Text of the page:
About Mr. T
The 11th of 12 children, the future Mr. T was born Laurence Turead on May 21, 1952 in Chicago, IL. Growing up dirt poor on welfare in Chi-town's dismal housing projects, Turead became especially close to his mother. An unusually devoted son, Mr. T credited his mother's love as the prime reason that he stayed out of trouble - he would imagine how she would feel seeing him in jail and that was enough to keep him on the straight and narrow. To occupy himself, the gifted athlete immersed himself in sports while attending Dunbar Vocational High School; his skills on the gridiron were strong enough to win him a football scholarship to Prairie View A&M University in Texas in 1971, where he began majoring in mathematics. Unfortunately, he was thrown out a year later, for reasons unclear.
After a short stint in the U.S. Army, where he served as a military policeman, Turead returned to Chicago, where he found employment as a bouncer at a number of bars. Accustomed to throwing out belligerent drunks from his policeman days, Turead (by this point, dubbed "Mister T" and later, 'Mr. T') quickly gained a reputation as one of Chicago's baddest of the bad bouncers. Around this same time, he began sporting the radical mohawk which ultimately became his signature look - a hairstyle which he claimed was inspired by Africa's Mandikan warriors.
As the doorman for one of Chicago's hottest clubs in the early 1970's, the now-defunct Chazz20, Mr. T came in contact with such celebrities as Steve McQueen, Diana Ross, and Muhammad Ali. Thanks to his connections and his extreme devotion to the gig, he became a well-known celebrity bodyguard, charging $3,000 a day and handing out business cards that read, "Next to God, there is no greater protector than I." Around this same time, Mr. T also began to cultivate what would eventually become his now familiar tougher-than-tough public persona. A born showman in his own right, Mr. T transformed himself into a shameless self-promoter. Often speaking of himself in the third person, Mr. T played his outrageous looks to his advantage, piling on several pounds of gold jewelry around his neck and diamonds on his fingers - much of which he claimed to have appropriated from rowdy, back-talking customers.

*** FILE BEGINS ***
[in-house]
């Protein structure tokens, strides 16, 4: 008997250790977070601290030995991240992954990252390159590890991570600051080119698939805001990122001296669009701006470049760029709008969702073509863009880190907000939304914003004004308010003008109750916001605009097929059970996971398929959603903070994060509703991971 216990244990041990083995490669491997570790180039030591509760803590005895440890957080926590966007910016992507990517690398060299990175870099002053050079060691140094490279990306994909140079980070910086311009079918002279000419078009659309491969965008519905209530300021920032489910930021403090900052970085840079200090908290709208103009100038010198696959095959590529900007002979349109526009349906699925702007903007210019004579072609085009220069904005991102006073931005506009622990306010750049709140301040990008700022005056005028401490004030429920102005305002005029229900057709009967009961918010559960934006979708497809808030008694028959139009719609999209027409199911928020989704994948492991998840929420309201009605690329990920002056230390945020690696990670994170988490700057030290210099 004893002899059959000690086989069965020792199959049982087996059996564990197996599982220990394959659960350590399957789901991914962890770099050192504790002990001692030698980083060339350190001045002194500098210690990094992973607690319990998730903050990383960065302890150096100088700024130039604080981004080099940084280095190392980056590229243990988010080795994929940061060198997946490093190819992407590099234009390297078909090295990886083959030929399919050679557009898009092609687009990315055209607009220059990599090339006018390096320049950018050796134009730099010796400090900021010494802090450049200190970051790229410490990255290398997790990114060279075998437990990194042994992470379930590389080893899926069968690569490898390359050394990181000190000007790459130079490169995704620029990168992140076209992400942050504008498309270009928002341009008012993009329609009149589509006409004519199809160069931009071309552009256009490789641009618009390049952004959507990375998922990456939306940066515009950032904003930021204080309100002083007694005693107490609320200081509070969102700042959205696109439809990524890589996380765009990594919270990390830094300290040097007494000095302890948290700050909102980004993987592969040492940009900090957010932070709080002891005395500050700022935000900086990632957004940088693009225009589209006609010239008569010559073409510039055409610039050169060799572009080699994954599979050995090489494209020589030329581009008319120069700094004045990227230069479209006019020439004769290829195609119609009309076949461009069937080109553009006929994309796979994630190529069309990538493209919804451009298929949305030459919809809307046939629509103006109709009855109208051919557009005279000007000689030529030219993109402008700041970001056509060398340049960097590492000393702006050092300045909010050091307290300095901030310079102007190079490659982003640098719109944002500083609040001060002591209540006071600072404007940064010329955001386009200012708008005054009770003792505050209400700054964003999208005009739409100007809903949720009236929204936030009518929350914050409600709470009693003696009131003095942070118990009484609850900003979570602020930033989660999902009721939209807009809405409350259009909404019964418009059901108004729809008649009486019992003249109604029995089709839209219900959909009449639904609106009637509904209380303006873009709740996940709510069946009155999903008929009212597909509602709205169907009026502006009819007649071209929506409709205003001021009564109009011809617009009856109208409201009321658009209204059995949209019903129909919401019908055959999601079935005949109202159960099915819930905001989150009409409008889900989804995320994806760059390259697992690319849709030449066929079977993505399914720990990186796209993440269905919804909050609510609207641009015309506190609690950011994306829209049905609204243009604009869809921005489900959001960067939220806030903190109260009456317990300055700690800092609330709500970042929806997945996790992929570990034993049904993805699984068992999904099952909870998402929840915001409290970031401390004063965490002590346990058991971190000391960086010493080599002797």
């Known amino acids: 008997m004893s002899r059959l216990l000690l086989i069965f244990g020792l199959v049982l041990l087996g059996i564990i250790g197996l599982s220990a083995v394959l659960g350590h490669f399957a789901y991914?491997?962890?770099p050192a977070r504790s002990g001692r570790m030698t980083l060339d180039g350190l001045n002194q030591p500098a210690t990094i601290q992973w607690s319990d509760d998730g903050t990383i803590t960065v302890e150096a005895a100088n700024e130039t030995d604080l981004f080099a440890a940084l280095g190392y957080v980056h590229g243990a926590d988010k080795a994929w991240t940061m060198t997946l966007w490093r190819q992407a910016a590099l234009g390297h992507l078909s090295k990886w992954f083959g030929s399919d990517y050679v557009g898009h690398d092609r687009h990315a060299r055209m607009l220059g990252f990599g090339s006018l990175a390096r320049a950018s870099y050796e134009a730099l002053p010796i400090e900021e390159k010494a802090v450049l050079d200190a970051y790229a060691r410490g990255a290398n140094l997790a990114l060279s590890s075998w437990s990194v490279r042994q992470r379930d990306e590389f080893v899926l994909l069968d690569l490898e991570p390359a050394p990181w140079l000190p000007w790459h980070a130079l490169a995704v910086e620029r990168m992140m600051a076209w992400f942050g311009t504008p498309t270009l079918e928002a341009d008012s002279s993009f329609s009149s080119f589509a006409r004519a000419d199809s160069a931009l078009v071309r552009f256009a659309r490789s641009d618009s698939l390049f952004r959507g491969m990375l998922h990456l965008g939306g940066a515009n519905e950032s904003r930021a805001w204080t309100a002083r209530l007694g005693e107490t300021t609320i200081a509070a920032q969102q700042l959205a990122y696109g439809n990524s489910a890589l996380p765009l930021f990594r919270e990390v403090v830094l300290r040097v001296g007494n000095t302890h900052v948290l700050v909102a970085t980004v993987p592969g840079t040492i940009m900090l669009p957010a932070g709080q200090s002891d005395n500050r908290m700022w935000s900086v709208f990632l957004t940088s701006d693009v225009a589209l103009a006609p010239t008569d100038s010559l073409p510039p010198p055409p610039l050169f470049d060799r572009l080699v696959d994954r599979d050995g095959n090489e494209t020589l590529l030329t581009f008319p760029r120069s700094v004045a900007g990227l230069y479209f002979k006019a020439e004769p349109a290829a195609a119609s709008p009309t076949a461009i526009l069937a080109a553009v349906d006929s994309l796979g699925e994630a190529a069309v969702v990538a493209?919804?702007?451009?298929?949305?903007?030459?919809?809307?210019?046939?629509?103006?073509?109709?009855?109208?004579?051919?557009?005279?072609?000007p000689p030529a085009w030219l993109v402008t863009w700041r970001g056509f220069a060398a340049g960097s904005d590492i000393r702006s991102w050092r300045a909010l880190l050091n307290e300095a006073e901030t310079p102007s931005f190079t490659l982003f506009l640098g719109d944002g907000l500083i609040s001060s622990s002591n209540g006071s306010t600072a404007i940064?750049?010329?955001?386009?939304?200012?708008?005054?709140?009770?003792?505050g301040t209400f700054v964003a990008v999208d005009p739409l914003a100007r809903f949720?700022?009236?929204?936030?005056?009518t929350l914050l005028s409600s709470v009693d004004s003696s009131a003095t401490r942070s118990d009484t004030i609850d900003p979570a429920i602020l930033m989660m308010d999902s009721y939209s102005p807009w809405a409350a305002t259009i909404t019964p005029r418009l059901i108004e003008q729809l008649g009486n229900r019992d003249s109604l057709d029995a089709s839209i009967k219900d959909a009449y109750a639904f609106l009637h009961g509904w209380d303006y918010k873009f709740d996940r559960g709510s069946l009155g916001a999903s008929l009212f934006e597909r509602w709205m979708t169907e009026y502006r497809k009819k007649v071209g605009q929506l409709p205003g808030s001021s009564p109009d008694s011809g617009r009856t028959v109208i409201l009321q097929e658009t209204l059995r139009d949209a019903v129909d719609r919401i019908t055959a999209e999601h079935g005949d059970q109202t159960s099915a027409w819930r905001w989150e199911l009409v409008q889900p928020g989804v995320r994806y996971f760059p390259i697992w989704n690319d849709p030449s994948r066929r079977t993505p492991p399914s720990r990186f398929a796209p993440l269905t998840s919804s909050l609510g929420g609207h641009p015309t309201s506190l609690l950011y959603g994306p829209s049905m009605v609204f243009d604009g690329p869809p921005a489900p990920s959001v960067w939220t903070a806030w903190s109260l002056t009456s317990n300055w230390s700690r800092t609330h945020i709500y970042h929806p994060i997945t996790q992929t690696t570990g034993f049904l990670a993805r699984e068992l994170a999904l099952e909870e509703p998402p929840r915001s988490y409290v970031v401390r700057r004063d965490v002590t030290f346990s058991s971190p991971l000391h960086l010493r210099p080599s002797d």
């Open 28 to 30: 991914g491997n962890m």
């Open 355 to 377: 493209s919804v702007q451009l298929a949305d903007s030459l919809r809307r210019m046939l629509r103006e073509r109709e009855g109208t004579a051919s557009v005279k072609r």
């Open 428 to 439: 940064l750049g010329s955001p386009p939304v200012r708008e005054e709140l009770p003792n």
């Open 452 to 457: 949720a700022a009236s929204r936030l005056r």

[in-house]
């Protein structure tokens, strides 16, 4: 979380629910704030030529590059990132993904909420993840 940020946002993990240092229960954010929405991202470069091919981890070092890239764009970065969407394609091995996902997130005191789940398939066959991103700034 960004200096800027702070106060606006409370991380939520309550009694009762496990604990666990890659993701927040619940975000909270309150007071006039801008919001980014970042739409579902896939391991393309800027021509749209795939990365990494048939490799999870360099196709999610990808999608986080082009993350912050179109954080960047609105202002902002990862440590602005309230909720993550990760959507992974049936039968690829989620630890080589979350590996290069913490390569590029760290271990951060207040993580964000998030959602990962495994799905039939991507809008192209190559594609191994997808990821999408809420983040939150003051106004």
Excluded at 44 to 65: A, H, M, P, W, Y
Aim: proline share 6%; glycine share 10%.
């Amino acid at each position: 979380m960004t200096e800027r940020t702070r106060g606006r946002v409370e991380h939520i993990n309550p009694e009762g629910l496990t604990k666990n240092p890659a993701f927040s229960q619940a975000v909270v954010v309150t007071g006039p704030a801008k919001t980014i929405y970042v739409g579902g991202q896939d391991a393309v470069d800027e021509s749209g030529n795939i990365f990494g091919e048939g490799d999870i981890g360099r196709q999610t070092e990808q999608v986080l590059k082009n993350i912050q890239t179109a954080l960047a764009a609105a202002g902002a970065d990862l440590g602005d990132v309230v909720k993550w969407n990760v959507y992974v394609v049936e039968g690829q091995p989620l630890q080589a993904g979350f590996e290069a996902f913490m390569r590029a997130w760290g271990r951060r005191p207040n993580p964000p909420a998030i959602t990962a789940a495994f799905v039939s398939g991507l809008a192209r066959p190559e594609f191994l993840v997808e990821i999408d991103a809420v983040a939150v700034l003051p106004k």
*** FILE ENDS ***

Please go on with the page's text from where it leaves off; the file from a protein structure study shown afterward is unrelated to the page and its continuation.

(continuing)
The campaign worked. In 1982, Mr. T was cast in his first film, the ultra low-budget "Penitentiary II" directed by Jamaa Fanaka. One of the last gasps of cinema's blaxploitation era, the film - second in an action-adventure trilogy set in an unnamed maximum-security prison - was little seen outside of a few major cities in its initial run.
Mr. T fared far better on his sophomore movie. Cast as Sly Stallone's imposing new opponent, Clubber Lang, in "Rocky III," Mr. T made a solid impression as the glowering boxer, sweating pure menace and venom in every scene. Audiences had never seen anything like it and they were equal parts enthralled and terrified. Famed for his rapid-fire ad-libs, Mr. T deserved much of the credit for giving Lang his vituperative ferocity. His future catch phrase, "I pity the fool!" was uttered for the first time when, during an onscreen match, he is asked if he hates Sylvester's Rocky Balboa; his character replies, "I don't hate Balboa, but I pity the fool!" This gruff quality, even more than his prowess in the ring, helped immortalize Clubber Lang in the hearts of fans. Released in summer of 1982, the film - arguably the best of the punch-drunk film franchise's sequels - became a monster hit, grossing over $125 million at the domestic box office. While Stallone performed admirably in his triple hatted role as the film's star, writer, and director, most of the critical praise heaped on "Rocky III" went deservedly to his co-star and the film's funky soundtrack.